Since January, President Trump’s travel ban has triggered ongoing legal and political chaos. It’s been hard to keep up – one minute the order was to be instated, only for a court to stay it in full or in part. But, the order is now in force, for the next 90 days at least. The constant back-and-forth has paused for now, allowing space for reflection. This blog asks, what has happened so far, what’s to come, and should we fear for our health as a result? Who is banned?
The original order barred entry of nationals of seven majority-Muslim countries (Iran, Iraq, Libya, Somalia, Sudan, Syria, and Yemen) for at least 90 days; suspended the refugee resettlement program for 120 days; cut the total number of refugees admitted for resettlement to 50,000 in 2017, and imposed an indefinite ban on Syrian refugees. Refugees from a minority religion in their home country, e.g. Christians, would be prioritized. The order also mooted that a list of countries from which entry would be frozen be decided.
Almost immediately, organizations, states and individuals filed requests for a stay. And within a week of its issuance, a federal court stayed the order nationwide. In response, the government amended the order with targeted changes: Iraq was removed from the ban and preference for minority religions was removed. Yet again the order was suspended by courts, finally finding its way to the Supreme Court.
The Supreme Court reinstated the order with respect to foreign nationals who “lack bona fide relationship” with a person or entity in US. A “close familial relationship” is required or a relationship with an entity that is “formal, documented, and formed in the ordinary course” rather than to evade the order, such as a university student or employee.
In light of the Supreme Court decision, the government published guidance to its agencies to enforce the order. It did not include grandparents, grandchildren, aunts, uncles, nieces, nephews, cousins, siblings in law as close familial relationship. Further, having a resettlement agency in US provide formal assurance for a refugee is not enough. But, in State v. Trump, the government’s interpretation was found an “unduly restrictive” reading of “close familial relationship”, and the listed classes were included. This interpretation was left in place (for now) by the Supreme Court. The Supreme Court will decide on the cases in October session unless the ban has already been lifted. And why?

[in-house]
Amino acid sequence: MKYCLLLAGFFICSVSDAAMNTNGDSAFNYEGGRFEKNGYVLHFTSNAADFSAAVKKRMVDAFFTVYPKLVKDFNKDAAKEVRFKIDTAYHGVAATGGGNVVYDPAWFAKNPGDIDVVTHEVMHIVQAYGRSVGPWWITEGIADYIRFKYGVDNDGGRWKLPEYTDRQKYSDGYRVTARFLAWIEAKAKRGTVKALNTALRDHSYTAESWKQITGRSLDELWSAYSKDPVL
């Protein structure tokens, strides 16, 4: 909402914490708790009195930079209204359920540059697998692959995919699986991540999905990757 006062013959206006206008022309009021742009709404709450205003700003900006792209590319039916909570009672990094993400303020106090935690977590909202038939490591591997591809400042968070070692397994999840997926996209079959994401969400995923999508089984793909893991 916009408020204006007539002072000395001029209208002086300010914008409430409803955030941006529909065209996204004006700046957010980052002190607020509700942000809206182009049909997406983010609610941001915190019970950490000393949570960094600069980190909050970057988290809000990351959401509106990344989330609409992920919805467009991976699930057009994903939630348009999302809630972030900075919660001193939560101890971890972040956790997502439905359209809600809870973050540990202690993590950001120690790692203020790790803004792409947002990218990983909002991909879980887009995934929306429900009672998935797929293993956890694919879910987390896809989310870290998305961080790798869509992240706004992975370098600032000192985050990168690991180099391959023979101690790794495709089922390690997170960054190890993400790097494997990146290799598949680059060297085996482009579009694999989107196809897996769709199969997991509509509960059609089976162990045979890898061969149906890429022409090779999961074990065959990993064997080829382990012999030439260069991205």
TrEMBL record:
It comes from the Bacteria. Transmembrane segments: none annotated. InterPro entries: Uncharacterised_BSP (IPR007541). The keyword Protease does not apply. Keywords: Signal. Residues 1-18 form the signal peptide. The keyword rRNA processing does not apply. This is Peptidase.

The original executive order was called “Protecting the Nation from Foreign Terrorist Entry into the United States.” The express basis for the order was the need to prevent “terrorist or criminal infiltration by foreign nationals.” Yet, the administration did not present empirical evidence between the selected nationalities and the commission of terrorist attacks in the US. The Administration asserts that the temporary travel ban is in the interests of national security, and designed to strengthen vetting procedures from countries at risk of producing terrorists.
Opponents of the order argue that it amounts to discrimination, and preferential treatment of religion contrary to the constitution (the establishment clause). In Hawaii v. Trump, the Court had found that the order exceeded President’s authority under 8USC §§1182(f) and 1185(a) and motivated by anti-Muslim goal.
Direct and Indirect Health Impacts Forced separation
The travel ban has had documented impacts on the mental and physical health of affected children, families and individuals. In a recent Amnesty International report on the ban, an informant tells of the health impact of feeling compelled to leave his baby in Malaysia for two months while he arranged an emergency visa:
All informants in the report speak of the underlying anxiety and concern they have for their future and that of their families. This uncertainty will likely have physiological impacts on those affected and those close to them. In particular, the manner in which the order was issued promoted discord: with no warning it was ushered in, meaning persons with valid visas were denied boarding or entry on arrival. The result was chaos and distress at major airports as citizens protested the sudden events. It has been estimated that immigration officials denied entry to at least 141 people in the first week the order was issued. Attracting medical professionals The US faces dire shortages of health workers. Yet, the uncertainty caused by the travel ban discourages workers from engaging in the laborious process of getting a visa to the US. This has implications not just for workers from the listed countries, but also workers from countries who may feel at risk of targeting at a later point. The most qualified applicants may prefer to immigrate to alternative destinations that are more welcoming.
This sad saga in US politics is far from over. Will the ban be lifted in 90 days or reinforced? Will the Supreme Court have the opportunity to decide on the case? The suggested health impacts are hard to quantify at this juncture and more data is required. However, what is sure, is that in many parts of the world, the image of the US as a beacon for the “tired, huddled masses” has slipped.
The views reflected in this blog are those of the individual authors and do not necessarily represent those of the O’Neill Institute for National and Global Health Law or Georgetown University. This blog is solely informational in nature, and not intended as a substitute for competent legal advice from a licensed and retained attorney in your state or country.